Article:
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I've succumbed to the pressure to learn C to programme microcontrollers instead of using assembly.

It seems to be going well but I get stuck on, I guess, simple things. For example:

while (b!=0)
… and …
while (b==0)

I understood that "==" is a check of "equal to" but it took ages to realise that the "!" meant "not ". I'm sure I came across this earlier but evidently forgot.

So, is there a resource (online?) that I can go to for simple help like this?


The search term would be something along "operators in c".

This would reveal something like:

Exchanging operators with keywords in the search could lead to:


--- Quote from: PerranOak on September 12, 2019, 03:38:09 pm ---So, is there a resource (online?) that I can go to for simple help like this?
--- End quote ---

Start here.



I support obiwanjecobi’s suggestion — cppreference is the most well prepared reference for C and C++ I have seen in my life. In particular it covers important topics, which are often ommited even from most books (perhaps because authors do not really understand them), like the strict aliasing rule.

If you are just doing this as a hobby, you may skip this post and just enjoy coding.

But beware: programming in C is like walking through a minefield. Programming in C without a copy of the latest standard at hand is like dancing drunk on a minefield under artillery fire. And I am not talking about the infamous manual memory management, buffer overflows and so on. The true trap is that intuitive interpretation of what a given C code does may wildly differ from what it actually does. It can catch anyone with their pants down. It even happens to seasoned programmers. To the point at which Linus Torvalds, the man behind Linux (the kernel), is blaming compilers for properly interpreting his code — properly in terms of what language defined, but not in the way he believed it works.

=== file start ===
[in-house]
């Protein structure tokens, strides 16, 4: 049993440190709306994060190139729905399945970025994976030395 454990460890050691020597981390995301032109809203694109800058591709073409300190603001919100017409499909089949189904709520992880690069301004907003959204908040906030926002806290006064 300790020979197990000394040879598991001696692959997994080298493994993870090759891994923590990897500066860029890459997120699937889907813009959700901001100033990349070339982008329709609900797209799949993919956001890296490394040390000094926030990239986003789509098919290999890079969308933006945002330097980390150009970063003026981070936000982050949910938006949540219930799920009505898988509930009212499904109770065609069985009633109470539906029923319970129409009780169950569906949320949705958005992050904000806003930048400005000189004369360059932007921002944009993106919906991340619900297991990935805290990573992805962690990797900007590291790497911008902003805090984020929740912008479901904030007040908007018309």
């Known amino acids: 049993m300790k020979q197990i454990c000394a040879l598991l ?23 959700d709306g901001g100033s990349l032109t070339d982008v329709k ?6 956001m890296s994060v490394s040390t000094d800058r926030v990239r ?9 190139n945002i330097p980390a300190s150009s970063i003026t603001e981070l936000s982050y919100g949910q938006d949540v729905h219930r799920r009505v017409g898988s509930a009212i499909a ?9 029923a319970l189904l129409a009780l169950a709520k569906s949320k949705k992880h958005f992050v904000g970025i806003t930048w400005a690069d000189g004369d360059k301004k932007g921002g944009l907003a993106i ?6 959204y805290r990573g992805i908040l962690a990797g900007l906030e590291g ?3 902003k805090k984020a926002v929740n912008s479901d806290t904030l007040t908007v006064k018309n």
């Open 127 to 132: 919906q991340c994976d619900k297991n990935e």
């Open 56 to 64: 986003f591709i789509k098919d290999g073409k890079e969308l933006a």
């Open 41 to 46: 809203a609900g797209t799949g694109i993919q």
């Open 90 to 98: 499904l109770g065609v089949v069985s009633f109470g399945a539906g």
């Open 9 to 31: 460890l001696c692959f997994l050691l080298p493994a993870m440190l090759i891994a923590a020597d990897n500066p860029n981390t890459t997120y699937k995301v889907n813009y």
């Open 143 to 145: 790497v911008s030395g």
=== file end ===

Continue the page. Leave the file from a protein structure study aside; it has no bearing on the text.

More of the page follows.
If you want to go professional — and especially if safety or security will depend on your code — be fully aware that you should dig into that hard to understand mess of specifications spread across 650 pages. If you can’t get a copy of the latest C standard — and I do not suggest paying 180€ for it just to use the language — you may legally download the latest standard draft from the working group. The draft is nearlyt he same as the final version. You may also consider reading Stack Overflow often, in particular things related to Undefined Behaviour.

Don’t be fooled into thinking that C is “close to bare metal”. <justified-exaggeration> The only “bare metal” to which it is close is PDP-11,</justified-exaggeration> which is dead for over 30 years. Don’t assume that given code will have any specific representation in the compiled binary. In particular this may be a PITA on microcontrollers — through the years I’ve came across a few low-level constructs that are not reliably expressible with C. E.g. operations timing: while with proper code the compiler will not reorder operations like setting pins, it may reorder/move other operations, changing relative time at which setting pins occurs.

Finally, a nice and famous example of why C may be hell:
--- Code: ---unsigned short a = 65535u;
unsigned short b;

b = a * a; // UB on some platforms! :D
--- End code ---
The marked line is undefined behaviour on platforms with 16-bit unsigned short and 32-bit int. To make things more puzzling: the UB is caused by signed overflow [sic! “signed”, not “unsigned”]. Compilers will likely convert that to code that does what most people would suspect it to do, but it is accidential.


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